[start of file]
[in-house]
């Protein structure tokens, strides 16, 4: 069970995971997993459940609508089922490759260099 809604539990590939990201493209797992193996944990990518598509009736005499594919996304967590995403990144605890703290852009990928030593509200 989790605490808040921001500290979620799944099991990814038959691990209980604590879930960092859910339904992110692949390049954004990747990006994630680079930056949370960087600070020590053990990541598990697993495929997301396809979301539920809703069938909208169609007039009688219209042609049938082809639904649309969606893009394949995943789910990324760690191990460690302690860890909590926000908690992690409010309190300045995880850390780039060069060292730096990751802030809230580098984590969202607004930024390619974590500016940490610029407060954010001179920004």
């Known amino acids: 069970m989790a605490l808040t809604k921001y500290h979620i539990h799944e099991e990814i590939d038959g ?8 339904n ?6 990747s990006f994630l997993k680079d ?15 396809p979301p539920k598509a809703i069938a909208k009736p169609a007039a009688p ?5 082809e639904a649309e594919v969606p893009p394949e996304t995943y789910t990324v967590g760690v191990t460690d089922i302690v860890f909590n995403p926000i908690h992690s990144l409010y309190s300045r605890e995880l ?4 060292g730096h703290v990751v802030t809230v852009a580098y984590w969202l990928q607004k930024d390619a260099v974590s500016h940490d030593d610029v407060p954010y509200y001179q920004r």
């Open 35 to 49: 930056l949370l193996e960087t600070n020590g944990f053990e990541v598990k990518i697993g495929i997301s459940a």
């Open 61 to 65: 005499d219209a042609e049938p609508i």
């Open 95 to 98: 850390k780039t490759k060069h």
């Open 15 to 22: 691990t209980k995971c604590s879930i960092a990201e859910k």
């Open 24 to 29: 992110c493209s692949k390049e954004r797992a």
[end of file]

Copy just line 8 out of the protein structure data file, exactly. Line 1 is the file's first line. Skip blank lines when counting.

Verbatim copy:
């Open 24 to 29: 992110c493209s692949k390049e954004r797992a």